Coronavirus update: 1,383 deaths, more than 63,000 sickened, Expedia predicts impact beyond Q1

  • Written by MarketWatch
  • Published in Economics

There are more than 63,000 cases of COVID-19, the novel coronavirus that was first identified in December in Wuhan, China, and 1,383 deaths, according to the World Health Organization (WHO).

That case count includes those people in China’s Hubei Province who have been diagnosed by laboratory tests and by computed tomography (CT) scans, a new diagnosis method that Hubei started using in its official case count on Thursday. To speed up data collection in the region hardest hit by the virus, health authorities in Hubei said they are counting the number of cases diagnosed by CT scans as well as those confirmed by lab tests.

The decision to start counting COVID-19 cases diagnosed by both CT scan and laboratory tests caused the numbers[1] reported by China to jump on Thursday. However, WHO officials have cautioned that the related spike in cases is likely because Hubei is including retrospective cases diagnosed by CT scans in that tally.

Two deaths have been reported outside of China, in the Philippines and in Japan.

In the U.S., there are 15 cases of COVID-19, according to the Centers for Disease Control and Prevention (CDC). The last three individuals to be diagnosed are all recent returnees from China who were in federal quarantine when they tested positive for the virus.

The CDC said Friday it plans to begn testing samples that come back negative for the flu for COVID-19, at labs in Chicago, Los Angeles, New York City, San Francisco and Seattle. That effort will “expand to more sites in the coming weeks, until we have national surveillance,” Dr. Nancy Messonnier, director of the CDC’s National Center for Immunization and Respiratory Diseases., said on a call with reporters.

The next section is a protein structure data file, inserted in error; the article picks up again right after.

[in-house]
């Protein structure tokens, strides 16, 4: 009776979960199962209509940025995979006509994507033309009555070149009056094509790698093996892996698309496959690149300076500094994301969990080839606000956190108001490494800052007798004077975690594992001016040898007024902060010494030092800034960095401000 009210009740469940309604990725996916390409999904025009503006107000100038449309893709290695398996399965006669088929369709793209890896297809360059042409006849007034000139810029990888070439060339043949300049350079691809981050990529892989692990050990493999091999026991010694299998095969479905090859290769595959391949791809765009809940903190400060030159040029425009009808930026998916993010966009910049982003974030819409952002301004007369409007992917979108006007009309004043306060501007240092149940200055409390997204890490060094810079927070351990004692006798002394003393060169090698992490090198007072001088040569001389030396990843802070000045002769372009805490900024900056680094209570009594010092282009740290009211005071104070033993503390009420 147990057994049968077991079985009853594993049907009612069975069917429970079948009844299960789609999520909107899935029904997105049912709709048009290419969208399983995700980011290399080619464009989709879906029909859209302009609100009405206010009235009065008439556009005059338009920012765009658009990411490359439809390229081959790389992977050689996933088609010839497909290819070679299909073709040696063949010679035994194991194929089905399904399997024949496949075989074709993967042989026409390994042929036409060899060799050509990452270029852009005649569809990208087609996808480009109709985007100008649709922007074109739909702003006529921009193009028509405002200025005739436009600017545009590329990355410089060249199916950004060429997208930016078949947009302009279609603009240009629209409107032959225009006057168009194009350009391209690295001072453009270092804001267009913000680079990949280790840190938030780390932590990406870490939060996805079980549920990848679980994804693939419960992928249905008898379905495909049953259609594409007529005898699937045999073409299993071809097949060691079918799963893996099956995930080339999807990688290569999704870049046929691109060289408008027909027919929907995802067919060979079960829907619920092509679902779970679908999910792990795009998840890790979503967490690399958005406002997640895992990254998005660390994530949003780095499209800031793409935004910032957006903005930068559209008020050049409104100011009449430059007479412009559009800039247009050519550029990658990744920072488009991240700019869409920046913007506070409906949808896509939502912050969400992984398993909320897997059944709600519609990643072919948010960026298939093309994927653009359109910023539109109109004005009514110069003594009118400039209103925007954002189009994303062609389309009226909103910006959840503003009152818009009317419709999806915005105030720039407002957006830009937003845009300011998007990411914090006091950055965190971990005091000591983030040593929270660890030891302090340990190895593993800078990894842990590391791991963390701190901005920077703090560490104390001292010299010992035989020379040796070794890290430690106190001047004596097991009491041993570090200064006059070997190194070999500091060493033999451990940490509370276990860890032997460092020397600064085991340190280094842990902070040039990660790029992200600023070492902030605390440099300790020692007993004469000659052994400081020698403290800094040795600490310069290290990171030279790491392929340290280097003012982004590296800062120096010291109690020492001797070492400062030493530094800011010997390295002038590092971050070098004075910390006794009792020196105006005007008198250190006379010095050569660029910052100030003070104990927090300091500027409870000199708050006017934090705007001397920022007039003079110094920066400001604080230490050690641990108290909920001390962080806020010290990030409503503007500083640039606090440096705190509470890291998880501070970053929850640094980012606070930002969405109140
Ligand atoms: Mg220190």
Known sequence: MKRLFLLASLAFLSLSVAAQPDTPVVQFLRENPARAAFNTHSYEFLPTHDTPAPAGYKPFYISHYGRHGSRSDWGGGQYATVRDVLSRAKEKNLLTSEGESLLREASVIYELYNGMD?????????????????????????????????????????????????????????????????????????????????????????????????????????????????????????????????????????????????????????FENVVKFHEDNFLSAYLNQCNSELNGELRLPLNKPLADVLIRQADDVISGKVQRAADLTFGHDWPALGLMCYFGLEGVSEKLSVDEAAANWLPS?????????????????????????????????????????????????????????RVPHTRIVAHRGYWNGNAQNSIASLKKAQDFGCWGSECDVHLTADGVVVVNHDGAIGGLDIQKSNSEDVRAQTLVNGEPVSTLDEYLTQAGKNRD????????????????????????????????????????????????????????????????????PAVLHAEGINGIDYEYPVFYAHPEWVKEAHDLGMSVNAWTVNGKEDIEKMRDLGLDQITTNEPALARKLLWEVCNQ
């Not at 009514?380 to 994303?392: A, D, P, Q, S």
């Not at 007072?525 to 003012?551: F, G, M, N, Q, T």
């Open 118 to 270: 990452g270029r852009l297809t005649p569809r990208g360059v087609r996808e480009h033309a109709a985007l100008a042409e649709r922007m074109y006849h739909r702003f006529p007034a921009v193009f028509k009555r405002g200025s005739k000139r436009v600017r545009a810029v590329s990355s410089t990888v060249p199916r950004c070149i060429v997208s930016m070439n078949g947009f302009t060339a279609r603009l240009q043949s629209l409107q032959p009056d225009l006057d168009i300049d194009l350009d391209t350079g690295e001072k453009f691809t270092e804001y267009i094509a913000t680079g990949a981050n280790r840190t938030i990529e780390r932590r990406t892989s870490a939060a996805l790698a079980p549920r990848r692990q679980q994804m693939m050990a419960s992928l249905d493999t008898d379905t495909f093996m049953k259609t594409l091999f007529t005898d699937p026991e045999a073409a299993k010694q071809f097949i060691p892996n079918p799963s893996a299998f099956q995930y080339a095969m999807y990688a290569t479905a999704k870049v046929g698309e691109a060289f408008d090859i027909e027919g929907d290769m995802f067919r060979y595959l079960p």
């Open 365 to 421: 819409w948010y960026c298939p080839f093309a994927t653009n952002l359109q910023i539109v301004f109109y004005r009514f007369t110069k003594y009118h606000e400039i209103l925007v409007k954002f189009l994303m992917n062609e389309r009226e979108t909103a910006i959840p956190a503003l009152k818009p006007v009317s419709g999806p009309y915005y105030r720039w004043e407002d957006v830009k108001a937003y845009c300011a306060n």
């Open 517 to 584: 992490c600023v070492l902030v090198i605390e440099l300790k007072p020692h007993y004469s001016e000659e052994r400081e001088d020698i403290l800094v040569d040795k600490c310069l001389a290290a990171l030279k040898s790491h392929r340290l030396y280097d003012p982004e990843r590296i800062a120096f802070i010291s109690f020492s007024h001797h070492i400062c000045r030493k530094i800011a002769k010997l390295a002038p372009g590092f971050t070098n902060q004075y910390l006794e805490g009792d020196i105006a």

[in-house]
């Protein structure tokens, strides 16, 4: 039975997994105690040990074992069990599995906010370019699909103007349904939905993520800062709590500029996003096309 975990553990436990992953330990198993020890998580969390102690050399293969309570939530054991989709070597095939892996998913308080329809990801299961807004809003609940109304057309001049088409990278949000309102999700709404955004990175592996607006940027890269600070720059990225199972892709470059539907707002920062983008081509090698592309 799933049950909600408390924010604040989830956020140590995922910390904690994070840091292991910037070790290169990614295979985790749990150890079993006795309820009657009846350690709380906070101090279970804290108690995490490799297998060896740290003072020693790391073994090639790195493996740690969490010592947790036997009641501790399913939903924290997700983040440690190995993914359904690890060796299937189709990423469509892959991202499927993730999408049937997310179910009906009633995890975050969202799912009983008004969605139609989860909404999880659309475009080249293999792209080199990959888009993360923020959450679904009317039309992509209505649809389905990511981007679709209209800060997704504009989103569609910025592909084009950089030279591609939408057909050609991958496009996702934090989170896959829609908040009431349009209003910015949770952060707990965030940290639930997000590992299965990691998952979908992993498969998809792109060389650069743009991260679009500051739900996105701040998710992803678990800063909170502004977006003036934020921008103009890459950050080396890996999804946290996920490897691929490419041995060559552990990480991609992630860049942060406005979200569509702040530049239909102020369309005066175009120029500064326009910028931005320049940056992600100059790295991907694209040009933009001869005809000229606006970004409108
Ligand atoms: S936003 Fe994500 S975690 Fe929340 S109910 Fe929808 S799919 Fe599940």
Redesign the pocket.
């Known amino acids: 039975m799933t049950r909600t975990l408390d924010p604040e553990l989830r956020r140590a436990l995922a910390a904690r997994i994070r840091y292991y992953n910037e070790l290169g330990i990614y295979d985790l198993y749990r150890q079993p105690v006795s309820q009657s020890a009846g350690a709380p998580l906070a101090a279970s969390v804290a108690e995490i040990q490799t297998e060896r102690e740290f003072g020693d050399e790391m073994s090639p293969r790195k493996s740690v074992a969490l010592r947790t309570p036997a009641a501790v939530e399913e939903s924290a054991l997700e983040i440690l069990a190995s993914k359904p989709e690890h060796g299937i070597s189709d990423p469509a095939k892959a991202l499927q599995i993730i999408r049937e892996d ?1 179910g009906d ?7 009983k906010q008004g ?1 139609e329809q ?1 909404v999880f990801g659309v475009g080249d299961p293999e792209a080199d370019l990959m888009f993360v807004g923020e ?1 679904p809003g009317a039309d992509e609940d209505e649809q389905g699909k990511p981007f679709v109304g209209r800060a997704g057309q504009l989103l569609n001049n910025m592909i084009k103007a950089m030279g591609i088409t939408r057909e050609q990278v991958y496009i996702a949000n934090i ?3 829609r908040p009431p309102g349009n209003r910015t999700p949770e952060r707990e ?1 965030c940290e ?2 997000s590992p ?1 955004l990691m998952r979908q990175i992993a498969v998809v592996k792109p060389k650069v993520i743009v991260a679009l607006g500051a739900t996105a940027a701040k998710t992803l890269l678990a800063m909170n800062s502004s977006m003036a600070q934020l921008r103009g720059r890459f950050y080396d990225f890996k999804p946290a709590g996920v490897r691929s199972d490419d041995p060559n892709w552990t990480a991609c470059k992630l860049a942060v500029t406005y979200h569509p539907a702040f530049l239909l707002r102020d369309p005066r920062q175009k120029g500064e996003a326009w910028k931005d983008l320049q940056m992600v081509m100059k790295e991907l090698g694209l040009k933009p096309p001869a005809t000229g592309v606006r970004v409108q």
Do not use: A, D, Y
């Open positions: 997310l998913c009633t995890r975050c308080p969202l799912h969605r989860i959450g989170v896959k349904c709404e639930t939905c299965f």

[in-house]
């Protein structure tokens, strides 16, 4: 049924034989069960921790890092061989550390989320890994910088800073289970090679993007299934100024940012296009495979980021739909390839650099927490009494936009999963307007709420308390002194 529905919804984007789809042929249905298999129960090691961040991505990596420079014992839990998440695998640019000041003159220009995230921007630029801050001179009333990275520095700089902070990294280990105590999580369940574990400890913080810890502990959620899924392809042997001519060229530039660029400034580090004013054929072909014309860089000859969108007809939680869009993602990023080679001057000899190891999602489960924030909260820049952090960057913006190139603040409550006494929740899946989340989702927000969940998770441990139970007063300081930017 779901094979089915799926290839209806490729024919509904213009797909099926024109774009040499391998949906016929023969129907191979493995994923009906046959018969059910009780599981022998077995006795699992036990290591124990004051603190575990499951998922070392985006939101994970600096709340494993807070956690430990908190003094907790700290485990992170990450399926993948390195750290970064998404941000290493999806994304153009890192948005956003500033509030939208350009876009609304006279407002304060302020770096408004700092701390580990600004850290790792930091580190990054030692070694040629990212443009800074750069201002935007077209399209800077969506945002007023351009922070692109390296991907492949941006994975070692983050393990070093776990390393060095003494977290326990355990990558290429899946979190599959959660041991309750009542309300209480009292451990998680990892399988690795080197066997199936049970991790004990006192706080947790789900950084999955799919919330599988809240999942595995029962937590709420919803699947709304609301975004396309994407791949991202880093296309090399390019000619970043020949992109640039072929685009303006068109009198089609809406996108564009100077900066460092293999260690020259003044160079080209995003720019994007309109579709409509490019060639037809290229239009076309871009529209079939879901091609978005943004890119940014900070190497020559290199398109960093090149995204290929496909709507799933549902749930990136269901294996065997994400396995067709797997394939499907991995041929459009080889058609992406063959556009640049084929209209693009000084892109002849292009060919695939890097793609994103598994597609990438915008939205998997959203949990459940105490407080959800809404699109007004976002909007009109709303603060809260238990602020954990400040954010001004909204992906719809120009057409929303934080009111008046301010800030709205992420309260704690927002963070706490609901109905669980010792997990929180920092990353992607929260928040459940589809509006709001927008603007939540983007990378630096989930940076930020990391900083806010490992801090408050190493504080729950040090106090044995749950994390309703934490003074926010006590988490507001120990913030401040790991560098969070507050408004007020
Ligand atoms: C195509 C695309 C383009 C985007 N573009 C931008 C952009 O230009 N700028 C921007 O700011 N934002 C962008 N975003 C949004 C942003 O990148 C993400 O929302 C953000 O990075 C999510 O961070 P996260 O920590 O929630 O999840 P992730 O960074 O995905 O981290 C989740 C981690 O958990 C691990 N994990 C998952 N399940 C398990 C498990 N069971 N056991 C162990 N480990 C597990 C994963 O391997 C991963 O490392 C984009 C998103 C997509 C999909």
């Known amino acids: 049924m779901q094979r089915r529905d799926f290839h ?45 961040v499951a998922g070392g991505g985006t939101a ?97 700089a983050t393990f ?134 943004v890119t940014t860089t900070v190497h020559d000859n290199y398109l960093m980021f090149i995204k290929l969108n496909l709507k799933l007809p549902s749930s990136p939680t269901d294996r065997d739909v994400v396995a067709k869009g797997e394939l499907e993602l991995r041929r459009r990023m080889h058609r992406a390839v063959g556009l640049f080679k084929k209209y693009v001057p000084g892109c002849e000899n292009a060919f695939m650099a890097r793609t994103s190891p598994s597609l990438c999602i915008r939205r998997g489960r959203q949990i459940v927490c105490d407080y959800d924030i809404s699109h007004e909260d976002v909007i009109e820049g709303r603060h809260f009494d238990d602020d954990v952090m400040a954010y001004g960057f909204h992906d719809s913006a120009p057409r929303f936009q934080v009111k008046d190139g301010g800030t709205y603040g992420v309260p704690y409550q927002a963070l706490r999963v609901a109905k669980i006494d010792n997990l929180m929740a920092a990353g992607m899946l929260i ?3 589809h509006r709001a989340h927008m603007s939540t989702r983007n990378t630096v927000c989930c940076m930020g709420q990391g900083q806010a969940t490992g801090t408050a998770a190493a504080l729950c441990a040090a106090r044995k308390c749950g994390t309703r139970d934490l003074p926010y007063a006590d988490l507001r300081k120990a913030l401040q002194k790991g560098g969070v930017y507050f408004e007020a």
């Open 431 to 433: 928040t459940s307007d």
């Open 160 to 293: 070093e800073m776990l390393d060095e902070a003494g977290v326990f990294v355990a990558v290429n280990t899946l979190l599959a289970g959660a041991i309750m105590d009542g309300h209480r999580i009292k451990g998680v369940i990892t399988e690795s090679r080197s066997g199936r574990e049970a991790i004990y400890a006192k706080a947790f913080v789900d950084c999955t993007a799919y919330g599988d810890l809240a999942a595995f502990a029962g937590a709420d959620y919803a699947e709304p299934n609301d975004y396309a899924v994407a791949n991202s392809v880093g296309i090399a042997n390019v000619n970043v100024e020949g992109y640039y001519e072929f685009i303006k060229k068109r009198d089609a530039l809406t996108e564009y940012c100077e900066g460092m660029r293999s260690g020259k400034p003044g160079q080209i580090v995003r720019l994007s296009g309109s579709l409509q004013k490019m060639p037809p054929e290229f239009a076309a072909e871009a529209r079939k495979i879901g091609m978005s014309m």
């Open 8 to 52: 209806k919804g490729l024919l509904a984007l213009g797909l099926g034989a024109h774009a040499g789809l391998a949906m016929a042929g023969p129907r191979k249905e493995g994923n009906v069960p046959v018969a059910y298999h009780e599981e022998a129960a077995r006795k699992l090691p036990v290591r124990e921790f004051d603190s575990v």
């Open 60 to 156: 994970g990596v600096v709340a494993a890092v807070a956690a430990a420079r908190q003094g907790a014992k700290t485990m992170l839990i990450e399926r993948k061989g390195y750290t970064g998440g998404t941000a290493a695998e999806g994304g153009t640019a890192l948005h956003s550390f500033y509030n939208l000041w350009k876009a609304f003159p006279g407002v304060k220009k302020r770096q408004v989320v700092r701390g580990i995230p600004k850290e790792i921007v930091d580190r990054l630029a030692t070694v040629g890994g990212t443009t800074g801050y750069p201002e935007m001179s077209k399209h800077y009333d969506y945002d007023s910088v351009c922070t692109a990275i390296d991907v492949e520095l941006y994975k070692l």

What to keep an eye on next week:

• Some companies have told their investors they expect to reopen their China factories on Monday; however, the growing case counts and deaths in China have limited or halted previous plans to do so. Mattel Inc. MAT, -3.89%[2], which generates 2% of its revenue in China, said it is waiting to see if it can reopen production on Feb. 17. “While none of our manufacturing is located in the Wuhan province, the ability of the manufacturing workforce to return to work after the Lunar New Year holiday is being impacted by government guidelines,” the company said. Nissan Motor Co. Ltd. 7201, -9.64%[3]  said it plans to restart production at some plants on Feb. 17 and at its Zhengzhou and Xiangyang plants on Feb. 20. “If we think that we cannot resume production until mid-February onwards…that is why there will...

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